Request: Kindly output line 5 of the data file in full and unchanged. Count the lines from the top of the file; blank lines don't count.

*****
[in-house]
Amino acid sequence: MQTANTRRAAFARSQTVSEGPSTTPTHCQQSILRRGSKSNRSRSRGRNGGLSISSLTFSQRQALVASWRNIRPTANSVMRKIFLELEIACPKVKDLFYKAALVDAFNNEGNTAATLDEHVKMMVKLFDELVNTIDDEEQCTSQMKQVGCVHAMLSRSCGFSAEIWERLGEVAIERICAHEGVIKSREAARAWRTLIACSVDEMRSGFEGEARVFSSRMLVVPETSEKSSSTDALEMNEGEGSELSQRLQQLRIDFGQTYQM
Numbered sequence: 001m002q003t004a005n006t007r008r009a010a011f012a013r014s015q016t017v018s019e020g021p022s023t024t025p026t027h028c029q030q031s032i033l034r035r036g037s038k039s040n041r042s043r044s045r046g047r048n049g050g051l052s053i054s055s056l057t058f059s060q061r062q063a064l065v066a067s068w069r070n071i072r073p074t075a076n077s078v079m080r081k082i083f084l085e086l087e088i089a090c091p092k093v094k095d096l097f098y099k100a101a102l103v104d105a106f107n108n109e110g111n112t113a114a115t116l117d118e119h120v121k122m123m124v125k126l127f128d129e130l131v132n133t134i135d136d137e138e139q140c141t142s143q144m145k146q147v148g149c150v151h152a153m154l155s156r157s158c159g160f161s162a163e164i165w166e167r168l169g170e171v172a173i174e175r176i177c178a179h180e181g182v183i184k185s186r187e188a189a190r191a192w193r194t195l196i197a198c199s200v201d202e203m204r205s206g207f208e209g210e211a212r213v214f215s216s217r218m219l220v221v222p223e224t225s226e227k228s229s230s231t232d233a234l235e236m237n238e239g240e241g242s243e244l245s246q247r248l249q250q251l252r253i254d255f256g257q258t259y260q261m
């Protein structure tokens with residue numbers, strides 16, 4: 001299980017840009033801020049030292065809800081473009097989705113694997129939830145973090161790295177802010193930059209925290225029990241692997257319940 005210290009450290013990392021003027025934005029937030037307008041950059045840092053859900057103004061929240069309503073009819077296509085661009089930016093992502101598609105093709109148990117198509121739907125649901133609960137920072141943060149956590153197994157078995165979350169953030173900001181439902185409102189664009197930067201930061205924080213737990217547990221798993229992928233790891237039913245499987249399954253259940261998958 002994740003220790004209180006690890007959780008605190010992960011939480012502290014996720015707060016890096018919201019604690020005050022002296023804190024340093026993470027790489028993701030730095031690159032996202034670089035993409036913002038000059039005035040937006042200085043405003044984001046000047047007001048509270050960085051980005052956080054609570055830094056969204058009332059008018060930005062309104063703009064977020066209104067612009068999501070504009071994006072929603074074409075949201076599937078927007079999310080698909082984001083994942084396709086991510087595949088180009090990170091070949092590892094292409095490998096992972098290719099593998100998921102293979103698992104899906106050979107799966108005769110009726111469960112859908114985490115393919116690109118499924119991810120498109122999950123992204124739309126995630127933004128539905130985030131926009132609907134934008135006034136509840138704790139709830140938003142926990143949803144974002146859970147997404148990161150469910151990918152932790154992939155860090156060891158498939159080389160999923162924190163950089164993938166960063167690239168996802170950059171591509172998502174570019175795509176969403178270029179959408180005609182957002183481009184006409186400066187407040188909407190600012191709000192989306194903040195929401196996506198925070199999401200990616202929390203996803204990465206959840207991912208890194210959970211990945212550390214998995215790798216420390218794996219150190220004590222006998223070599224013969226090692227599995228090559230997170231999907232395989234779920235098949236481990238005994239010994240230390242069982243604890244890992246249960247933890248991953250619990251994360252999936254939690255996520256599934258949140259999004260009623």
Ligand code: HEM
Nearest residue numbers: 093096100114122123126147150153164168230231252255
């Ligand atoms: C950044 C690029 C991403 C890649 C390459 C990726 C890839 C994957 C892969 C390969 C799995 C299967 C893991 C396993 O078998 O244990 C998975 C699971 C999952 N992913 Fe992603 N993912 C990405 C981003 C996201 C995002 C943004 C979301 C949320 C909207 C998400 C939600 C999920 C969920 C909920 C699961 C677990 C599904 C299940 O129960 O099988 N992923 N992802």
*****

Ligand code: HEM